Wild Nights with Emily

Tropic Sprockets by Ian Brockway

5/5 (1)

Emily Dickinson once wrote “Best Witchcraft is Geometry,” and some have said this is an allusion to the mathematician Susan Gilbert, Dickinson’s closest friend and intimate love. The concept that Dickinson was passionately in love with Gilbert, who married Austin, Emily’s brother, is familiar now but hasn’t always been public knowledge. It is said that 276 poems traveled between Susan and Emily and further that Susan purposely chose to have a house just across from Emily’s own.

The film “Wild Nights with Emily” by playwright-director Madeline Olnek (which originated as a play) is an exploration of the Dickinson / Susan Gilbert relationship. Both Molly Shannon (from SNL fame) and Susan Ziegler are perfect as Emily and Gilbert respectively.

Though the film is comedic in tone it doesn’t shy away from genuine feeling or the pathos of Dickinson’s actual poems.

Emily spends her time feverishly running about, composing her verses on slips of paper. As soon as she sees Susan, Emily embraces her madly. This goes against the conservative and mainstream conception, held for many years, that Dickinson was a shy and retiring spinster. Emily and Susan are crazed with desire and much fun is had with this convention.

Shannon plays Emily in a slightly glib and bemused manner and this suits the actor well, while also poking fun at the idea of Dickinson as a shy and reserved wallflower who does not express.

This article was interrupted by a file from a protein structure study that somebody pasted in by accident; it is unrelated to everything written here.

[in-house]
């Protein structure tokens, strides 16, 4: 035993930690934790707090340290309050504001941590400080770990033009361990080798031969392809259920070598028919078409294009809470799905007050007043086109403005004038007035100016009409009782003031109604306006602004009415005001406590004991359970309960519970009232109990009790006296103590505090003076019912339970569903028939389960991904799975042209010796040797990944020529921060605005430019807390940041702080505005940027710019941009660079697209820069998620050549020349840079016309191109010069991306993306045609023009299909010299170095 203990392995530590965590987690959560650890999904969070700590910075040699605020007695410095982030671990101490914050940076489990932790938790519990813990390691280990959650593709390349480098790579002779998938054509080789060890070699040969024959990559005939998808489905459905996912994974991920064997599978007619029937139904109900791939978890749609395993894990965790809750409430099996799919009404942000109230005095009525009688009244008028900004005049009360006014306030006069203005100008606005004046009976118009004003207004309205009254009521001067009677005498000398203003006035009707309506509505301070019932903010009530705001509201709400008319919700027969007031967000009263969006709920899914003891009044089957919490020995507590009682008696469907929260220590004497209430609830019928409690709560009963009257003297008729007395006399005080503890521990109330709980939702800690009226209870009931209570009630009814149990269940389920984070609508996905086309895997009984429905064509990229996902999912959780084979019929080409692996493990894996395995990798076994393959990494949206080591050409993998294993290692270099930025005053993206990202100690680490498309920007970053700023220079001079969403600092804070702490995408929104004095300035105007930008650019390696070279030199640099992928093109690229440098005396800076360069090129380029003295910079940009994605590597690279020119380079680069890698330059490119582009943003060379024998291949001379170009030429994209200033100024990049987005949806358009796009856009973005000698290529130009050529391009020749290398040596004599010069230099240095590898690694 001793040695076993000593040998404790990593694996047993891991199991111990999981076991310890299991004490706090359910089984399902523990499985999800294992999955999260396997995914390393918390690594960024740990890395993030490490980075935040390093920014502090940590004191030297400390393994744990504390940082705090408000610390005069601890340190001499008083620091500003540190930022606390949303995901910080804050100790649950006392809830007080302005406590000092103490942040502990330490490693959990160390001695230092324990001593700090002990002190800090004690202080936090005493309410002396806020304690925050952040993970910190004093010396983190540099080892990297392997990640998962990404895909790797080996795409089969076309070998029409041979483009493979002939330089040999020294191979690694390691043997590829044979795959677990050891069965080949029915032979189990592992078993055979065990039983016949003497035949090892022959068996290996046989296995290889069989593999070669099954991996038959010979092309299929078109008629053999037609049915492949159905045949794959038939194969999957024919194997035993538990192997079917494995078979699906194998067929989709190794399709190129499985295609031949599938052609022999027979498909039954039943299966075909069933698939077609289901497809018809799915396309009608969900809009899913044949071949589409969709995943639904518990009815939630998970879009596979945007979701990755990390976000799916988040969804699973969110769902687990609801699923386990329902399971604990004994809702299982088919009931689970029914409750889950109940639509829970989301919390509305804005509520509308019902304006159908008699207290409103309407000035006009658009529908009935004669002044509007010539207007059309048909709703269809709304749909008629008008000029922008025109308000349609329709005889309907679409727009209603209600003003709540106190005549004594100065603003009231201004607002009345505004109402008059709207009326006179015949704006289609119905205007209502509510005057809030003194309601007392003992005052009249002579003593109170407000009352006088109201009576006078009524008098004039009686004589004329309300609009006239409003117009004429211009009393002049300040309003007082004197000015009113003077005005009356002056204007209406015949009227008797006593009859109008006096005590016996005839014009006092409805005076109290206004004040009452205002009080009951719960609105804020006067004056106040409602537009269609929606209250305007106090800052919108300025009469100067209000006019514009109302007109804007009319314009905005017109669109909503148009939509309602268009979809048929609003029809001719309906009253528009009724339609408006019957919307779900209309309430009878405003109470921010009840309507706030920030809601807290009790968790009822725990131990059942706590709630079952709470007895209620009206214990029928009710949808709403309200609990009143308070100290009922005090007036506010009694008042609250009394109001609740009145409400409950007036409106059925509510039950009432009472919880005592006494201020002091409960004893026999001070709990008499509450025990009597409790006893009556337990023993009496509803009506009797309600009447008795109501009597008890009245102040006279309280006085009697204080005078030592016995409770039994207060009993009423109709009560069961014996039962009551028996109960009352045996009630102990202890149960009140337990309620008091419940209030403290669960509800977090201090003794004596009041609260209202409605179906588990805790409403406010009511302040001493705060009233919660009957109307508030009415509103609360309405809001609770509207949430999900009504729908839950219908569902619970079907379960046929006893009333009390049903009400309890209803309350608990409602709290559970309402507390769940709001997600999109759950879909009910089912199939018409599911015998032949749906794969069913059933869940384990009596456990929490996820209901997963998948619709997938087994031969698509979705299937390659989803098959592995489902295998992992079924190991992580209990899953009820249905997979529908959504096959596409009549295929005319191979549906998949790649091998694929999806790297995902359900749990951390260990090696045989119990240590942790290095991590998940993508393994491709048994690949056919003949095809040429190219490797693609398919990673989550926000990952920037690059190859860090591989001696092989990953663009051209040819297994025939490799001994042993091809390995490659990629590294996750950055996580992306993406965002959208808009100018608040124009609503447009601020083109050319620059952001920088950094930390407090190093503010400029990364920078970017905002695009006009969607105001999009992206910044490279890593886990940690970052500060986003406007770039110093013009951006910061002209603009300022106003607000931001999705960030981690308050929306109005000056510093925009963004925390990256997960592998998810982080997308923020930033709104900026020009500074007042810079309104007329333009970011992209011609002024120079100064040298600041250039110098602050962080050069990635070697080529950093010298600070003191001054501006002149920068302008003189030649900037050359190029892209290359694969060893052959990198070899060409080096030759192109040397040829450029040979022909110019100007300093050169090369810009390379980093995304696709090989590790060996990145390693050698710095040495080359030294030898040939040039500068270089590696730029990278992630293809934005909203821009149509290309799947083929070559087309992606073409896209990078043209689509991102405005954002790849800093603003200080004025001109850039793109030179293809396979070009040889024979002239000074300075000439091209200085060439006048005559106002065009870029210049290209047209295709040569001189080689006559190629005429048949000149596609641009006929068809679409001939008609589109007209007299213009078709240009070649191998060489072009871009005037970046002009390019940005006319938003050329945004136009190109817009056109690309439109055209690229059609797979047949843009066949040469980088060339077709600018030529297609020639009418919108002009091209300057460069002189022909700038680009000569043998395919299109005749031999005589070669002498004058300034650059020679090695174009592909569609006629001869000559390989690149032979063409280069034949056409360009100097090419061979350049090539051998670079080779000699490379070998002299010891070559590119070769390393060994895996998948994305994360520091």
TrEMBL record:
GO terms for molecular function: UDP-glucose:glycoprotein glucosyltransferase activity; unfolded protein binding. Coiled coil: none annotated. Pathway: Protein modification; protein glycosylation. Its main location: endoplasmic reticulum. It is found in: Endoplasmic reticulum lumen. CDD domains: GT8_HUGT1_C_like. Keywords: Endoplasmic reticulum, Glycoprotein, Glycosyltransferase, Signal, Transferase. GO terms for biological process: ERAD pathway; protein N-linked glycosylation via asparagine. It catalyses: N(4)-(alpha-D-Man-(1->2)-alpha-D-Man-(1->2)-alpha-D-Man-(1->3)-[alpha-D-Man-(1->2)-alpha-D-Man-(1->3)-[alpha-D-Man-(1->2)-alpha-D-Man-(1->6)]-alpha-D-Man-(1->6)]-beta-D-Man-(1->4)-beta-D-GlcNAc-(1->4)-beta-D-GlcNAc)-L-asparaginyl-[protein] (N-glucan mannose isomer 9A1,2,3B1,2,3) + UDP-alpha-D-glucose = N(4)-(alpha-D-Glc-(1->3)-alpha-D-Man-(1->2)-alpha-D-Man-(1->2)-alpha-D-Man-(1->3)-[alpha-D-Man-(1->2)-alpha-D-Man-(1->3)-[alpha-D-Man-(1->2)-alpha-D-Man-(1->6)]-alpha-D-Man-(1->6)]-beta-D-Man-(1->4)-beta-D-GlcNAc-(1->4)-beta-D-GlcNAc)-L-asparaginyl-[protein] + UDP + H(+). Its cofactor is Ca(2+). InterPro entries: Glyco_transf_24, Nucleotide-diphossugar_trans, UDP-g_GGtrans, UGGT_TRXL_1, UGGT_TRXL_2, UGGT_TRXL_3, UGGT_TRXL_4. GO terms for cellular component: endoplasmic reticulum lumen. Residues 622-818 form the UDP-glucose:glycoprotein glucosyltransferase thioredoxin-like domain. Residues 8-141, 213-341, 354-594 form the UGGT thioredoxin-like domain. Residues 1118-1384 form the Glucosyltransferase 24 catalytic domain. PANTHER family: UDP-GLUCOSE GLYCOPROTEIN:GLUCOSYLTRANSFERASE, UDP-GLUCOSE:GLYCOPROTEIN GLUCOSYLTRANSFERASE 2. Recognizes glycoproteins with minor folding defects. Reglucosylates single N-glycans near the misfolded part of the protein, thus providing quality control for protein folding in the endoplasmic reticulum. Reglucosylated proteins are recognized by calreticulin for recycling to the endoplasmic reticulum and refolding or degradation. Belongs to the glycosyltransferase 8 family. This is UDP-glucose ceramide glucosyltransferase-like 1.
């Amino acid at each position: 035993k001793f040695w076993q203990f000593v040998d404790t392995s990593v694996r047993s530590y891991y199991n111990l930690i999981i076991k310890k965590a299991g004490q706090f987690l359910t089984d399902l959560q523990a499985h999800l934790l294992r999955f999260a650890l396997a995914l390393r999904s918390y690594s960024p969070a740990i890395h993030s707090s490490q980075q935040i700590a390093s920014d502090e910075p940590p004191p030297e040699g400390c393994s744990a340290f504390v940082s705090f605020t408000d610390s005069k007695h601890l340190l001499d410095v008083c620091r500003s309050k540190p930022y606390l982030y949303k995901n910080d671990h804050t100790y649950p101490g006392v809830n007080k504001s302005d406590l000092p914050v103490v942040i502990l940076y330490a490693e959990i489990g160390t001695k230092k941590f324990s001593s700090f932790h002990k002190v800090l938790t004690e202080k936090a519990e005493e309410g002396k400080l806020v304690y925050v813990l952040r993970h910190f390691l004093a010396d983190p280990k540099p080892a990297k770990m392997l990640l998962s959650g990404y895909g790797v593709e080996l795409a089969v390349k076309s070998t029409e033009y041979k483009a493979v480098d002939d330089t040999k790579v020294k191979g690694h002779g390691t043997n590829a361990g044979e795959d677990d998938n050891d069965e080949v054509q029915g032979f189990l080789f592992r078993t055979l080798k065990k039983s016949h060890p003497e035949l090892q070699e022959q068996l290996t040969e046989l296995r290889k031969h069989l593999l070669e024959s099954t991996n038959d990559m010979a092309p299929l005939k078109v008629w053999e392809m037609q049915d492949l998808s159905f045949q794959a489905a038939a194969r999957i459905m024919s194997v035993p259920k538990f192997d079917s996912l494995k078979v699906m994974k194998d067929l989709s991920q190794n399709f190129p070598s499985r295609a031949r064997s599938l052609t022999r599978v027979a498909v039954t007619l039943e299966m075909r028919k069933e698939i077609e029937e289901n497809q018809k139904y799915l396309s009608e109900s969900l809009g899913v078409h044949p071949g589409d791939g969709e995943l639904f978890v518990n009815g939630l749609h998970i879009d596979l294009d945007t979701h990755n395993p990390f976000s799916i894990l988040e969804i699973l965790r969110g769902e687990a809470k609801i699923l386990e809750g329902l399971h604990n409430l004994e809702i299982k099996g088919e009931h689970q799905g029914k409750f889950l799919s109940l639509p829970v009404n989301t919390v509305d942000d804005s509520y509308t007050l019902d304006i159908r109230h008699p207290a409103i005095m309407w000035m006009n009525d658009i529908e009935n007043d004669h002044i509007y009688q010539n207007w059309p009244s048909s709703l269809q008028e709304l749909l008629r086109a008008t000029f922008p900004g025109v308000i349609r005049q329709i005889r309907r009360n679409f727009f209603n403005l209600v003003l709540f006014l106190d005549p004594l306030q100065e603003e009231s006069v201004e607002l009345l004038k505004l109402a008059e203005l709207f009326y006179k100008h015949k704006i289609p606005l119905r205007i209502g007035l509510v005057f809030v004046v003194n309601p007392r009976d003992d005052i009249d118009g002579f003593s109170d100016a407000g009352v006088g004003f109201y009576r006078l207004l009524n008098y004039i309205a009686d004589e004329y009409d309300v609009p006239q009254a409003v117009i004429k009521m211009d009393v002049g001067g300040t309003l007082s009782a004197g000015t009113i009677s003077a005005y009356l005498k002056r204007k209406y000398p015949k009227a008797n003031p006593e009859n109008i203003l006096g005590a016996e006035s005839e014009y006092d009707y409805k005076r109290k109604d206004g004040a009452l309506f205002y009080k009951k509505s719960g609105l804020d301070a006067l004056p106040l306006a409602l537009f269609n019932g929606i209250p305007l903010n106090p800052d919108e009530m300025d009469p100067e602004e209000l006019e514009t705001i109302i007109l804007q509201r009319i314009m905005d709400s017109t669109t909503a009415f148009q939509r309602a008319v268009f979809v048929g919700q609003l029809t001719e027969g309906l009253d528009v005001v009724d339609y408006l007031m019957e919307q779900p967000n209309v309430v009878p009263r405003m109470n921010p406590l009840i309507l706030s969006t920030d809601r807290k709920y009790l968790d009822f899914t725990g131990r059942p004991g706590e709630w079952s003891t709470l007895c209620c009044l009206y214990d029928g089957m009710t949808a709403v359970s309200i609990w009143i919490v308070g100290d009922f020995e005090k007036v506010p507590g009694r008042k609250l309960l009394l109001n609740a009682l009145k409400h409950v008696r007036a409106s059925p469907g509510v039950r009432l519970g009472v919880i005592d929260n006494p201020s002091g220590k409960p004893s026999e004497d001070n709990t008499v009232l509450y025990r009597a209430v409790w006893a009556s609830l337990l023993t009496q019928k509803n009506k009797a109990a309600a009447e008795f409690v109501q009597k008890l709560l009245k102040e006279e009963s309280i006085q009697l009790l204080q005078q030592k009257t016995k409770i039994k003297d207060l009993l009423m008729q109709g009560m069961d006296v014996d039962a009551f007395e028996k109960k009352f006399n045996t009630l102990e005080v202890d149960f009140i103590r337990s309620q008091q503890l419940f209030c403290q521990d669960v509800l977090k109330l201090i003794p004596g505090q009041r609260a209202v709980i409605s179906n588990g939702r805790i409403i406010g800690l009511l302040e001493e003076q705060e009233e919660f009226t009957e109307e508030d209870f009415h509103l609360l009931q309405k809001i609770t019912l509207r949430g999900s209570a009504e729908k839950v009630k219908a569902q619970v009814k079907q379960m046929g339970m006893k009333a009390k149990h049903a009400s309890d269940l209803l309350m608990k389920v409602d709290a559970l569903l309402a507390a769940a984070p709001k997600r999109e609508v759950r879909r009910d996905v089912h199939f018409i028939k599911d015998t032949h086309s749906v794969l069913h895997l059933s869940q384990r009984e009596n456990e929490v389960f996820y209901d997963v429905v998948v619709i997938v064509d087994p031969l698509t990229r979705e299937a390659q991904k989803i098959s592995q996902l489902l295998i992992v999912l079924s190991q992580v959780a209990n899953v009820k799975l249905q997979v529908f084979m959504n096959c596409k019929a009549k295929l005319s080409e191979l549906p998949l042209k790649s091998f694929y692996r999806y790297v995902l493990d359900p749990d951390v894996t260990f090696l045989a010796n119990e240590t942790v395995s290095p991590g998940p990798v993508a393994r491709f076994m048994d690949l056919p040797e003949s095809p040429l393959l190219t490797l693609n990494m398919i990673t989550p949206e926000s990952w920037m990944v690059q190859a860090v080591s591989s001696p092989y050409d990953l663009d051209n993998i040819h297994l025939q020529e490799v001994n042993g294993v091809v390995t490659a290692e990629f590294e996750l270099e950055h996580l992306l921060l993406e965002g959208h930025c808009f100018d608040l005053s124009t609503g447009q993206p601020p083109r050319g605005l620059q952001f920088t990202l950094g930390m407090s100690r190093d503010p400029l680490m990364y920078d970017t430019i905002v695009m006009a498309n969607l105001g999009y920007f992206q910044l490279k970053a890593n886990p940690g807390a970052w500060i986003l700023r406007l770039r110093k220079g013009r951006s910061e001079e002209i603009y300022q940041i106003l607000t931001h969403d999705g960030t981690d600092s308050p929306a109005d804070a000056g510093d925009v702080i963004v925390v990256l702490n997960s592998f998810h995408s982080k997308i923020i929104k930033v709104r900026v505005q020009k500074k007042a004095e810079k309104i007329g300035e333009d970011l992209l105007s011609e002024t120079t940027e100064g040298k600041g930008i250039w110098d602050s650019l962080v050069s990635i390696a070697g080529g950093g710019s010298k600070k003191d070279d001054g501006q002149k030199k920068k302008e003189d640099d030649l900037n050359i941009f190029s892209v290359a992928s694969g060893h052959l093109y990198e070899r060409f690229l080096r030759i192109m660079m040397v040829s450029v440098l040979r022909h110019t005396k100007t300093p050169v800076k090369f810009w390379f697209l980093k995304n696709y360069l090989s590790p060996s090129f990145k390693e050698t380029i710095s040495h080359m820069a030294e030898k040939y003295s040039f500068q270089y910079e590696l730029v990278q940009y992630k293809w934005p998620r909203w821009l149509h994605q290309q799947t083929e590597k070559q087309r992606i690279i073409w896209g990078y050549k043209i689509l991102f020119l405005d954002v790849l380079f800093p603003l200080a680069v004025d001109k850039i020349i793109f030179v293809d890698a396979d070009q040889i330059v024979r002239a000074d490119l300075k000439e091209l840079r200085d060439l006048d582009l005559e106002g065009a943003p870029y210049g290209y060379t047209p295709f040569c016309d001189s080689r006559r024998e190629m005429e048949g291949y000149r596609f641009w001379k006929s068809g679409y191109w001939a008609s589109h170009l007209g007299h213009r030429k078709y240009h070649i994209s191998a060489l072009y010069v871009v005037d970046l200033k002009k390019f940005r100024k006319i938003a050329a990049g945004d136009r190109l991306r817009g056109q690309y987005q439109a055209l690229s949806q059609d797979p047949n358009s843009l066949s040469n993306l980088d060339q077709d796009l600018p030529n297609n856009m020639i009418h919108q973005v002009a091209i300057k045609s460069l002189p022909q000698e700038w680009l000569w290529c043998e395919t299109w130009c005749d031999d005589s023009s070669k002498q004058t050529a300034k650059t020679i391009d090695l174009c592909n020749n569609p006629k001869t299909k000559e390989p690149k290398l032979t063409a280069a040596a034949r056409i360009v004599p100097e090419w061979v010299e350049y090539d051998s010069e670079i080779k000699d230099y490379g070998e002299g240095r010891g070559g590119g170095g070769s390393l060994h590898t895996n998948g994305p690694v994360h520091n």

Emily expresses all too well.

At times the film is like a New Yorker cartoon almost in the mode of “Midnight in Paris.” Austin (Kevin Seal) is out of touch with Susan though he is carrying on with the self-important and overbearing Mabel Todd (Amy Seimetz).

Everyone is lost in their own narcissistic pursuits. The legendary Transcendentalist Emerson is portrayed as an overly serious mumbler who is impossible to understand.

Emily has no choice but to watch these absurdist episodes and then scribble away in her room. Shannon’s expression is wonderfully quizzical.

Along with the humor, there is also tangible poignance as Dickinson’s actual correspondence to Gilbert is quoted in the film. The poet is clearly driven by her intensity of feeling for Gilbert, but as much as Dickinson attempts full intimacy in verse, Susan Gilbert drifts away with only funerals for consolation.

This push and pull is echoed in Mabel Todd’s efforts to meet with Dickinson. “Why don’t you dress as Emily and then look at yourself in a mirror?” is Austin’s response.

In a dream sequence, Dickinson is shown in the company of a slave with the implication that both have been abused by disgusting actions and opinions.

The sound of Emily’s grave moving over her head blends with the scraping of Mabel’s pencil, erasing Susan’s name from hundreds of Emily’s poems.

Mabel is a jealous prude and her eraser is the sardonic last laugh, a sad blow to literary history.

In keeping with the poet herself “Wild Nights with Emily” is another eccentric film. It is a pensive hybrid of dark humor and feeling that will satisfy Dickinson fans while others can have the freedom to ponder her oddly stark yet spatial verses.

Write Ian at ianfree11@yahoo.com

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